Breast reconstruction with polyurethane implants: preliminary report

Breast reconstruction with polyurethane implants: preliminary report Today, immediate breast reconstruction is widely accepted in breast cancer surgery. There are many reconstruction procedures that combine cancer indications with patient's expectations. Improved techniques in the use of textured or polyurethane-coated implants and tissue expanders, associated with increasingly more conservative mastectomy procedures, may result in better cosmetic outcomes and less complications, even in patients that require postoperative radiotherapy. From June 2002 to December 2008, 166 unilateral breast reconstructions were performed immediately using definite prosthesis with polyurethane-coated (6) or textured (24) implants, or later, after implant of 136 tissue expanders, using polyurethane-coated (113) or textured (23) implants. Eighty-six two-stage breast reconstructions were irradiated where later 63 polyurethane-coated implants and 23 textured implants have been inserted. Results were analysed evaluating complications associated with temporary expanders and with the two definite implants, with or without RT, respectively. Excluding capsular contracture, total complication rate was 14.7% with expanders, 5.0% with polyurethane implants and 12.8% with textured implants. In this study, severe capsular contracture was reported in 21.7% of cases with textured prosthesis and in 6.3% of cases with polyurethane implants in patients receiving RT. This difference was statistically significant. As of today, no case of clinically noticeable capsular contracture was seen in non-irradiated patients receiving breast reconstruction with polyurethane-coated implants. These results allow us to establish RT, which is not a severe contraindication to breast reconstruction with implants. Polyurethane implants have provided encouraging results either in terms of lower complication rate and likelihood of capsular contracture. http://www.deepdyve.com/assets/images/DeepDyve-Logo-lg.png European Journal of Plastic Surgery Springer Journals
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Publisher
Springer-Verlag
Copyright
Copyright © 2012 by Springer-Verlag
Subject
Medicine & Public Health; Plastic Surgery
ISSN
0930-343X
eISSN
1435-0130
D.O.I.
10.1007/s00238-011-0612-z
Publisher site
See Article on Publisher Site

Abstract

Today, immediate breast reconstruction is widely accepted in breast cancer surgery. There are many reconstruction procedures that combine cancer indications with patient's expectations. Improved techniques in the use of textured or polyurethane-coated implants and tissue expanders, associated with increasingly more conservative mastectomy procedures, may result in better cosmetic outcomes and less complications, even in patients that require postoperative radiotherapy. From June 2002 to December 2008, 166 unilateral breast reconstructions were performed immediately using definite prosthesis with polyurethane-coated (6) or textured (24) implants, or later, after implant of 136 tissue expanders, using polyurethane-coated (113) or textured (23) implants. Eighty-six two-stage breast reconstructions were irradiated where later 63 polyurethane-coated implants and 23 textured implants have been inserted. Results were analysed evaluating complications associated with temporary expanders and with the two definite implants, with or without RT, respectively. Excluding capsular contracture, total complication rate was 14.7% with expanders, 5.0% with polyurethane implants and 12.8% with textured implants. In this study, severe capsular contracture was reported in 21.7% of cases with textured prosthesis and in 6.3% of cases with polyurethane implants in patients receiving RT. This difference was statistically significant. As of today, no case of clinically noticeable capsular contracture was seen in non-irradiated patients receiving breast reconstruction with polyurethane-coated implants. These results allow us to establish RT, which is not a severe contraindication to breast reconstruction with implants. Polyurethane implants have provided encouraging results either in terms of lower complication rate and likelihood of capsular contracture.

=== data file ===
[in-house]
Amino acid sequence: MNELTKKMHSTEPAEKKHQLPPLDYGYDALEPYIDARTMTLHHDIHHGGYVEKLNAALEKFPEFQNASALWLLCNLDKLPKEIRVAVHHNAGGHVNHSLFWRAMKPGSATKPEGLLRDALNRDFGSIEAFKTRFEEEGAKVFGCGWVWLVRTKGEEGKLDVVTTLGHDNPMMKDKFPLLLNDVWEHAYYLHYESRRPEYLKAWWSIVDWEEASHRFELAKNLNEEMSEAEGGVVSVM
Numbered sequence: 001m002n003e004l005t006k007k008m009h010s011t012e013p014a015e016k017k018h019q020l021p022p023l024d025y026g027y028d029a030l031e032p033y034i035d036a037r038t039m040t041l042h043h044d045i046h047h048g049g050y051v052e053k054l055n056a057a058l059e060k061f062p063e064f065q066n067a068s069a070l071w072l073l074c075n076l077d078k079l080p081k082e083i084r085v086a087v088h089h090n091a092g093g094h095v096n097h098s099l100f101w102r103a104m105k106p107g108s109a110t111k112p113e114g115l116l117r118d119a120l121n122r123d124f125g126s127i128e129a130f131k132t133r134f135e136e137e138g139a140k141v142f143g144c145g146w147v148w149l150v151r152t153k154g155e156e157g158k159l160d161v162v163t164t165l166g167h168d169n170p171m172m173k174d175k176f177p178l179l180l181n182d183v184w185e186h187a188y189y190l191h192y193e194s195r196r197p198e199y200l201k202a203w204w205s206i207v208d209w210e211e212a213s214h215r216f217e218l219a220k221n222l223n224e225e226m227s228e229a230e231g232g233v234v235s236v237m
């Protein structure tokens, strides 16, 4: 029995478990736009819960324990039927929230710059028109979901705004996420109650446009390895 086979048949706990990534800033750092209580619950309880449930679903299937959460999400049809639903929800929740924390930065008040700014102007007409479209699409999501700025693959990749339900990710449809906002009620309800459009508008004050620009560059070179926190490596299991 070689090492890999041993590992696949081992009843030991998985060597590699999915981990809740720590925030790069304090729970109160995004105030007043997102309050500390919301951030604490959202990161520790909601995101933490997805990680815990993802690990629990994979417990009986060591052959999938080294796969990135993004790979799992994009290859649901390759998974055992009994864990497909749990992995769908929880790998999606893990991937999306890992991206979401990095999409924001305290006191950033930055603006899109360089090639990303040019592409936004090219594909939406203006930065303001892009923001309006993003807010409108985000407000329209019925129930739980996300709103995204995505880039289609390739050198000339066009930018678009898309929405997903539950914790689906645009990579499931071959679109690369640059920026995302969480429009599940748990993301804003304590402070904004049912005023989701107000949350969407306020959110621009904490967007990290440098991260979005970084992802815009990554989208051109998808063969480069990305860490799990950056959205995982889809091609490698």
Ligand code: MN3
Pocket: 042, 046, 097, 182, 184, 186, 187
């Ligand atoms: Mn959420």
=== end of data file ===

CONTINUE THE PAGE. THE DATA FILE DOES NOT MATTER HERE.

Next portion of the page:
Journal

European Journal of Plastic SurgerySpringer Journals

Published: Jun 1, 2012

References

  • Local reaction to polyurethane: a comparative study in the mouse, rat and rabbit
    Rigdon, RH
  • Complications and patient satisfaction following expander/implant breast reconstruction with and without radiotherapy
    Krueger, EA; Wilkins, EG; Strawderman, M

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